A number of theoretical approaches suggest that gender inequity may give rise to health risks for men. This study undertook a multilevel analysis to ascertain if state-level measures of gender inequity are predictors of men's mortality in the United States. Data for the analysis were taken primarily from the National Longitudinal Mortality Study, which is based on a random sample of the non-institutionalised population. The full data set included 174,703 individuals nested within 50 states and had a six-year follow-up for mortality. Gender inequity was measured by nine variables: higher education, reproductive rights, abortion provider access, elected office, management, business ownership, labour force participation, earnings and relative poverty. Covariates at the individual level were age, income, education, race/ethnicity, marital status and employment status. Covariates at the state level were income inequality and per capita gross domestic product. The results of logistic multilevel modelling showed a number of measures of state-level gender inequity were significantly associated with men's mortality. In all of these cases greater gender inequity was associated with an increased mortality risk. In fully adjusted models for all-age adult men the elected office (OR 1.05 95% CI 1.01–1.09), business ownership (OR 1.04 95% CI 1.01–1.08), earnings (OR 1.04 95% CI 1.01–1.08) and relative poverty (OR 1.07 95% CI 1.03–1.10) measures all showed statistically significant effects for each 1 standard deviation increase in the gender inequity z-score. Similar effects were seen for working-age men. In older men (65+ years) only the elected office and earnings measures were statistically significant. This study provides evidence that gender inequity may increase men's health risks. The effect sizes while small are large enough across the range of gender inequity identified to have important population health implications.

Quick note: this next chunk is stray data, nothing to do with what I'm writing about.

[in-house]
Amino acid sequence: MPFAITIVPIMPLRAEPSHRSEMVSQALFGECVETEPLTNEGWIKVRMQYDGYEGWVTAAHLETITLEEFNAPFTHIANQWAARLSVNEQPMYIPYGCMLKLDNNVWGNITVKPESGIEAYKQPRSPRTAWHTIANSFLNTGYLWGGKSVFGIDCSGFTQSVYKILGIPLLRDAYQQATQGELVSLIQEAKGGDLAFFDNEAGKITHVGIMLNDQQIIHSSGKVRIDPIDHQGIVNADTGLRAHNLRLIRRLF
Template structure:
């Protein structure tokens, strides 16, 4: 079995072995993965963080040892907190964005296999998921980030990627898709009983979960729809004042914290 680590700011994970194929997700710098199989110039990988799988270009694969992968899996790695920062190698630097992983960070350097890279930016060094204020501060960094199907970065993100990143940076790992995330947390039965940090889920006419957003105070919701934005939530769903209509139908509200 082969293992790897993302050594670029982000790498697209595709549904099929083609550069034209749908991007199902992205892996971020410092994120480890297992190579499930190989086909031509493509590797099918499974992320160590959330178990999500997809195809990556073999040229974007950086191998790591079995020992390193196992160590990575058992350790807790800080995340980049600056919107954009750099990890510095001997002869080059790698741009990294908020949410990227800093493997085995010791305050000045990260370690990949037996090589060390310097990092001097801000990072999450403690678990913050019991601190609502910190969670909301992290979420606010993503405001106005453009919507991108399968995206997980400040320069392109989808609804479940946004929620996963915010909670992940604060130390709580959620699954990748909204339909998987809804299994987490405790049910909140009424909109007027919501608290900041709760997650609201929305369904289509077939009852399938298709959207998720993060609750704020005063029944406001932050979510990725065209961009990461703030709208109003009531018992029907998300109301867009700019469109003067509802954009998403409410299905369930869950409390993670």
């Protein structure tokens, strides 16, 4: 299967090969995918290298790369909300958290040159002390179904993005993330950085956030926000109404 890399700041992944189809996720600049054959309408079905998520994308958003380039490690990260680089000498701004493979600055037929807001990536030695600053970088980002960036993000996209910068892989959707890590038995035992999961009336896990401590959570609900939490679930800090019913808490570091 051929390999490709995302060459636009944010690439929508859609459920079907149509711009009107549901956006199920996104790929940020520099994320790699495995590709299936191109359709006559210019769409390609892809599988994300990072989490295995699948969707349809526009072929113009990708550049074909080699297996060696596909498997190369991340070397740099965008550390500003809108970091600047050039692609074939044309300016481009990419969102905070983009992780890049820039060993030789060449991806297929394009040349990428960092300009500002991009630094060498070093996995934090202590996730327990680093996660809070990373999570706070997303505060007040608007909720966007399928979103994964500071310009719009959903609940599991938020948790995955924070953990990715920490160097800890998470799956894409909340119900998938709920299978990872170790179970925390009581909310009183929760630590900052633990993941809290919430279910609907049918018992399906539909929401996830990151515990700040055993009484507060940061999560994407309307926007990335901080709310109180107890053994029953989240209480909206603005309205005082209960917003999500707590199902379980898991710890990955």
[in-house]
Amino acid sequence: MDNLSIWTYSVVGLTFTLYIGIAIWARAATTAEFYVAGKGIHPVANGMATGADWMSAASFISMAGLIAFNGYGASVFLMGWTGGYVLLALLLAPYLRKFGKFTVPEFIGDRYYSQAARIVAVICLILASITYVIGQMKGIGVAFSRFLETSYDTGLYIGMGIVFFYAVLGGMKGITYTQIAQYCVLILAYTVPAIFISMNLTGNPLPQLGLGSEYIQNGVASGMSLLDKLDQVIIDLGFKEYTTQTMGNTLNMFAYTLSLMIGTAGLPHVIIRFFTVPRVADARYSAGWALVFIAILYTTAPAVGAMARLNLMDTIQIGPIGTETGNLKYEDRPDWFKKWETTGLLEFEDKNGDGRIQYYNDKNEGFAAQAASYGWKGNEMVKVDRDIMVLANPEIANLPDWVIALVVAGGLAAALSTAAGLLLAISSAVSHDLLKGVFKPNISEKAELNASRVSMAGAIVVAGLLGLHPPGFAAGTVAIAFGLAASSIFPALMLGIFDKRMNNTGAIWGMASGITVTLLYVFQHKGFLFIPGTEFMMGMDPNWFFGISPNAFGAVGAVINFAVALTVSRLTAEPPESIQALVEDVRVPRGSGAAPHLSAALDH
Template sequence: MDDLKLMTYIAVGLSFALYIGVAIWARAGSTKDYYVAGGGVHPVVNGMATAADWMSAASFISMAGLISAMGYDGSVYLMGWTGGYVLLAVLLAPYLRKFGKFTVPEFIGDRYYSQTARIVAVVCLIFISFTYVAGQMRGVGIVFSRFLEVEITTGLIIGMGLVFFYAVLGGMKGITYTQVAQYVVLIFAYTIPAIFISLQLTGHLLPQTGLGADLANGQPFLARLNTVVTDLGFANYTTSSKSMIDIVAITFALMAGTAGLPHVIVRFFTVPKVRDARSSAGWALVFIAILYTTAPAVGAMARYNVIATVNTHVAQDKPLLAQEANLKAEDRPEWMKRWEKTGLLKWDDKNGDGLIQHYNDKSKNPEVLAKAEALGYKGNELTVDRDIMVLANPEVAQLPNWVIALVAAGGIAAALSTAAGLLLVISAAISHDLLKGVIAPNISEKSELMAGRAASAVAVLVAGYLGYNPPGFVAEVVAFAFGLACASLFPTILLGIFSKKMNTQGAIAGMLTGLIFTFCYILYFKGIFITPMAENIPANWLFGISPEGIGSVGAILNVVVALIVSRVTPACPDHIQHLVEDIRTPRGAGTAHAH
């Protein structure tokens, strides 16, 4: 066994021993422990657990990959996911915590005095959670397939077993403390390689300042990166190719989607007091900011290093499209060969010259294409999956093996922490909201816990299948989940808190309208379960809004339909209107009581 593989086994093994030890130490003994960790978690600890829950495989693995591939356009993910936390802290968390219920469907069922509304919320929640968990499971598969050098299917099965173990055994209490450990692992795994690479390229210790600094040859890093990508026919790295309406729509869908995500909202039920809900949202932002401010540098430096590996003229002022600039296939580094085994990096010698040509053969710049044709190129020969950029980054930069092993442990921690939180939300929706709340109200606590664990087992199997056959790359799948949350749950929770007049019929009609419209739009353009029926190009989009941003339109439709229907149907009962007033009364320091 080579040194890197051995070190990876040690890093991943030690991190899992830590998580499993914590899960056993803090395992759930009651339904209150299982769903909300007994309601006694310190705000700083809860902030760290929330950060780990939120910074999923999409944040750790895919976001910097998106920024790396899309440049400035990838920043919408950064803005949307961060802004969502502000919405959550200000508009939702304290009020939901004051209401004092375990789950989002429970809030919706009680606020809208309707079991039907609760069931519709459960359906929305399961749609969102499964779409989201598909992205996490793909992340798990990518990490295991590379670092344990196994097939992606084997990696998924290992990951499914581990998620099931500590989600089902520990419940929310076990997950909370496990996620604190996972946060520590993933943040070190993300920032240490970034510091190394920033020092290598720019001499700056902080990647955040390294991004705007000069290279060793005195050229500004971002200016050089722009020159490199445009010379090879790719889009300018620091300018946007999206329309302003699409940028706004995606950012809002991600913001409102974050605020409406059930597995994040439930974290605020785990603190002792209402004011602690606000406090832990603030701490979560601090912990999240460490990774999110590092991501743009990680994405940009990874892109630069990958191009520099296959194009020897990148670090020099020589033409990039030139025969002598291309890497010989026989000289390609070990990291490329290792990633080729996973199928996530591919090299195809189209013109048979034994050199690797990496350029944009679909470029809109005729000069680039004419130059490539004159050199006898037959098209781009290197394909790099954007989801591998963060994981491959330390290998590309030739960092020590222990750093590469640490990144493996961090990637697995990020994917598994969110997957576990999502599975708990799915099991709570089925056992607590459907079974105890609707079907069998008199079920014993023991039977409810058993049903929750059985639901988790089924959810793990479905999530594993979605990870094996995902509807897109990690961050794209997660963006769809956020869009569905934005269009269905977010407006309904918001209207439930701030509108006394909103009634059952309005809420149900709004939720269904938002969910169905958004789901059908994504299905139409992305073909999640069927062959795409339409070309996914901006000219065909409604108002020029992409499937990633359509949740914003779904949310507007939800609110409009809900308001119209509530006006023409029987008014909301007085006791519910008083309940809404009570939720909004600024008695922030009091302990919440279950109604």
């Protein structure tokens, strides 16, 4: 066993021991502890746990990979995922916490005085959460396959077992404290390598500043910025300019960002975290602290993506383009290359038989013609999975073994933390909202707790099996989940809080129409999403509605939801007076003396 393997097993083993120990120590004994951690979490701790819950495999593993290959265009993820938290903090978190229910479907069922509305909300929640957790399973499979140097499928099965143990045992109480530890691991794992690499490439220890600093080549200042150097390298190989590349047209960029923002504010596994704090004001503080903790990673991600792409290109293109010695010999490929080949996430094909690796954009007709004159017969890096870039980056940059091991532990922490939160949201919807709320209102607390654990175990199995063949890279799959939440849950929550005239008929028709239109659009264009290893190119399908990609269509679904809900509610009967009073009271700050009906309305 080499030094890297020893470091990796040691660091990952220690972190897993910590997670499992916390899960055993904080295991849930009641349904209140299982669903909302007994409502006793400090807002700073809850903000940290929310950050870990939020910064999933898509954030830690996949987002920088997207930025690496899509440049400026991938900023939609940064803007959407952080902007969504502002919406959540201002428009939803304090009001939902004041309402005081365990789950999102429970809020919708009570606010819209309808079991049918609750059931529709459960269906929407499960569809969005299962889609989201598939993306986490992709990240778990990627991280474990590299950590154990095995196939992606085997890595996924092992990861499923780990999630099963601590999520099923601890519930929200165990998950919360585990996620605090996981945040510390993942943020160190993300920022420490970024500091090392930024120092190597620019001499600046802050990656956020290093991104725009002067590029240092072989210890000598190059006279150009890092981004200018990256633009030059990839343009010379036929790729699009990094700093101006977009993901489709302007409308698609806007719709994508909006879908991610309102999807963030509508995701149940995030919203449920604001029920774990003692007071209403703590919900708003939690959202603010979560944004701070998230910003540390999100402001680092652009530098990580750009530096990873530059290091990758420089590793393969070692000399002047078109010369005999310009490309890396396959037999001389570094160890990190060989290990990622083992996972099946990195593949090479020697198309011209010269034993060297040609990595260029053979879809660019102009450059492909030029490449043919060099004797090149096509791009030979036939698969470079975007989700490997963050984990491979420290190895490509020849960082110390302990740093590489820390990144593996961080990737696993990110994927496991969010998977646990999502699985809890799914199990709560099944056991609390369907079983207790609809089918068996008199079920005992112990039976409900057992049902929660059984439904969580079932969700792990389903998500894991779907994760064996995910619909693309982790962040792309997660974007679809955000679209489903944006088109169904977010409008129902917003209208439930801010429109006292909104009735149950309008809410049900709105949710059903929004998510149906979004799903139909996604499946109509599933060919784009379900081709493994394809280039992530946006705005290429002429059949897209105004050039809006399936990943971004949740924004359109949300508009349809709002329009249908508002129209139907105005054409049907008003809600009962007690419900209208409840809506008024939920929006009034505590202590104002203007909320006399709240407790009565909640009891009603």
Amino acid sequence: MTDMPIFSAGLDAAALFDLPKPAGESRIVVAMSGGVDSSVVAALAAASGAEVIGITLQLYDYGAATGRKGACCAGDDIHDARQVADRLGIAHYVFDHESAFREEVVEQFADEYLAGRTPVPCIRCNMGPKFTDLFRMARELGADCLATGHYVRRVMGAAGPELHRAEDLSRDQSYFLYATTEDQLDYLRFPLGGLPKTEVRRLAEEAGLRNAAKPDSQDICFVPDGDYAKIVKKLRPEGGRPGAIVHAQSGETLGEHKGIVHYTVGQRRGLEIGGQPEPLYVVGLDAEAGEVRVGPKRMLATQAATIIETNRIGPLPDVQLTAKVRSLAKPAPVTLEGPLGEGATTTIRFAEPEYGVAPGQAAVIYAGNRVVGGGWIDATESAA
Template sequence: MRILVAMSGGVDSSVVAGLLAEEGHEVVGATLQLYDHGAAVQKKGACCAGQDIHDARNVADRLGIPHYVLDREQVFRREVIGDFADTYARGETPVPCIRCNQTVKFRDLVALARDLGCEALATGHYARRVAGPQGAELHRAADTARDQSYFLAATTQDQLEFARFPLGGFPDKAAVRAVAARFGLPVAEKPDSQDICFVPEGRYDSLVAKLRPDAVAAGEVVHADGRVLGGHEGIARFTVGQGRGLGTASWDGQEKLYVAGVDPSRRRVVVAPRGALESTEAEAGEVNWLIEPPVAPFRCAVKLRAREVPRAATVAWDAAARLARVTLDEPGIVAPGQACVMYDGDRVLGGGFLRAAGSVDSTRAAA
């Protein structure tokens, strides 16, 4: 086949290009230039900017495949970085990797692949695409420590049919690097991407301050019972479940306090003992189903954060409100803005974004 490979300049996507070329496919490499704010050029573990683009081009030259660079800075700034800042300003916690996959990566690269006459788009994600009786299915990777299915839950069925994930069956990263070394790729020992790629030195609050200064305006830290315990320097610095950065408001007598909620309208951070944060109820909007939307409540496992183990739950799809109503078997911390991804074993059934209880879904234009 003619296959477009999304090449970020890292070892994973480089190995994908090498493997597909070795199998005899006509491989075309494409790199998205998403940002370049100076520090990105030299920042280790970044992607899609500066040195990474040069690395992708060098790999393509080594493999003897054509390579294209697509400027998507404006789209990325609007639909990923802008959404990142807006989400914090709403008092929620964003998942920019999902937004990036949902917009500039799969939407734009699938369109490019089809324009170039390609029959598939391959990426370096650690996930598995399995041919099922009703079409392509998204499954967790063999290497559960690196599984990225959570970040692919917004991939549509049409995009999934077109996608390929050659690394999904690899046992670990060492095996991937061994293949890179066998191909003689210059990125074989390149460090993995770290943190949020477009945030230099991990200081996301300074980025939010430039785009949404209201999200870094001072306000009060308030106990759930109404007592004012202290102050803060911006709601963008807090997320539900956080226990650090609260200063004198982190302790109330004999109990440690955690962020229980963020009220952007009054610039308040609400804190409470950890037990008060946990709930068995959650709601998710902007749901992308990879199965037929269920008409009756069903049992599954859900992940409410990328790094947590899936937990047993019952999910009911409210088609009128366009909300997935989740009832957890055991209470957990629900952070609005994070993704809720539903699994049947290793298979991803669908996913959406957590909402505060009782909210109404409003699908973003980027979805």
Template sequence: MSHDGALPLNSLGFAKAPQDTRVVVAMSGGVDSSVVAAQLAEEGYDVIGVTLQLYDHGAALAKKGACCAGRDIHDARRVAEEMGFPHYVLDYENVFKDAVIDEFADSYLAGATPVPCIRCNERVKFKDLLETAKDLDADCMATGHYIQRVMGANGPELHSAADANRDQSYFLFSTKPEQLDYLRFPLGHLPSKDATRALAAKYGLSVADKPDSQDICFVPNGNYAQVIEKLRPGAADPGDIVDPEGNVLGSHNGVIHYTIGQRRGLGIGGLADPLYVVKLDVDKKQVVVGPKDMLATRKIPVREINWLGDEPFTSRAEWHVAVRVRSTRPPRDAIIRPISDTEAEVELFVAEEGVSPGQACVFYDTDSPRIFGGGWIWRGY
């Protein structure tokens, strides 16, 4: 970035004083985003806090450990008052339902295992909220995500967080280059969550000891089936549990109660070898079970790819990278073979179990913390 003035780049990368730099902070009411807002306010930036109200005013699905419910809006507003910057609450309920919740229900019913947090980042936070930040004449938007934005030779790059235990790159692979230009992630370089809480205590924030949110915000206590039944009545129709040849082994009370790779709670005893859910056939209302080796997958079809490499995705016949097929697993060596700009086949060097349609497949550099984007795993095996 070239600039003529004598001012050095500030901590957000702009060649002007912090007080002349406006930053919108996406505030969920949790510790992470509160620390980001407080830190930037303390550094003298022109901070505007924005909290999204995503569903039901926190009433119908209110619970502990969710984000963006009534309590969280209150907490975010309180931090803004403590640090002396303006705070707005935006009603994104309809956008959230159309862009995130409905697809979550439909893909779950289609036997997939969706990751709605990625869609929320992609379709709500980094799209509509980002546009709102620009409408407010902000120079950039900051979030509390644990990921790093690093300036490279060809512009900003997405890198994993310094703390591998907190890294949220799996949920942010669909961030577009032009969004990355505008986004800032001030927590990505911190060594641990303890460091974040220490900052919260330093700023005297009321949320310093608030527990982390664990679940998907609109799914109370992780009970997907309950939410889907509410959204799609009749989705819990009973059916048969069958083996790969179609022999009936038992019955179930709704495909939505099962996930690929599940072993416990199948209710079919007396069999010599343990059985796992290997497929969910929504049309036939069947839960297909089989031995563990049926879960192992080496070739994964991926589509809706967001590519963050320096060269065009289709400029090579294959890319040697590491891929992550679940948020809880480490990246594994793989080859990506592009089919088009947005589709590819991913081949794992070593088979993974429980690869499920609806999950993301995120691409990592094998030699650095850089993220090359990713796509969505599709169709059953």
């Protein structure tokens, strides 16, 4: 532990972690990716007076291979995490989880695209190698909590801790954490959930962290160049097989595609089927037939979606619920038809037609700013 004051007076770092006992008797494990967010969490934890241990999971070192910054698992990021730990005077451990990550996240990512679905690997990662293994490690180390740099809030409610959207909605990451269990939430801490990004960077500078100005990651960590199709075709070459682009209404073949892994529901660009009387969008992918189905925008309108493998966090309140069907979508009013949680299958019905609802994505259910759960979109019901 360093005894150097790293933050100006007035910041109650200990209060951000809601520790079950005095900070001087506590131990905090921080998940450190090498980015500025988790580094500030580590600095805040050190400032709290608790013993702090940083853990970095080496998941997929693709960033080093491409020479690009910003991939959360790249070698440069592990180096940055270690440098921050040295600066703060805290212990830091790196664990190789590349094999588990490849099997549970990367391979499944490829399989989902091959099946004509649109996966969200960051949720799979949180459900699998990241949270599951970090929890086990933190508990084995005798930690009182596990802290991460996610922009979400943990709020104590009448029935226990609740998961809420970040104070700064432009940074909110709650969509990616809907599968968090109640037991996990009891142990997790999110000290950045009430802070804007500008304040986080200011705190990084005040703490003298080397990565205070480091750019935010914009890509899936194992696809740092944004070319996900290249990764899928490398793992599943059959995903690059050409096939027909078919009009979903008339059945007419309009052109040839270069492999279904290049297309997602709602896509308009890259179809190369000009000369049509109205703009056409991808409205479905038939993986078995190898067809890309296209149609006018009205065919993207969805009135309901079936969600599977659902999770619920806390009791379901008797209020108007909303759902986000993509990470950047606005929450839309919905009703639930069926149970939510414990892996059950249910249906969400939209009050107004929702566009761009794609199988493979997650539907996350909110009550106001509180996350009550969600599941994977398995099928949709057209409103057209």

Do U.S. states' socioeconomic and policy contexts shape adult disability?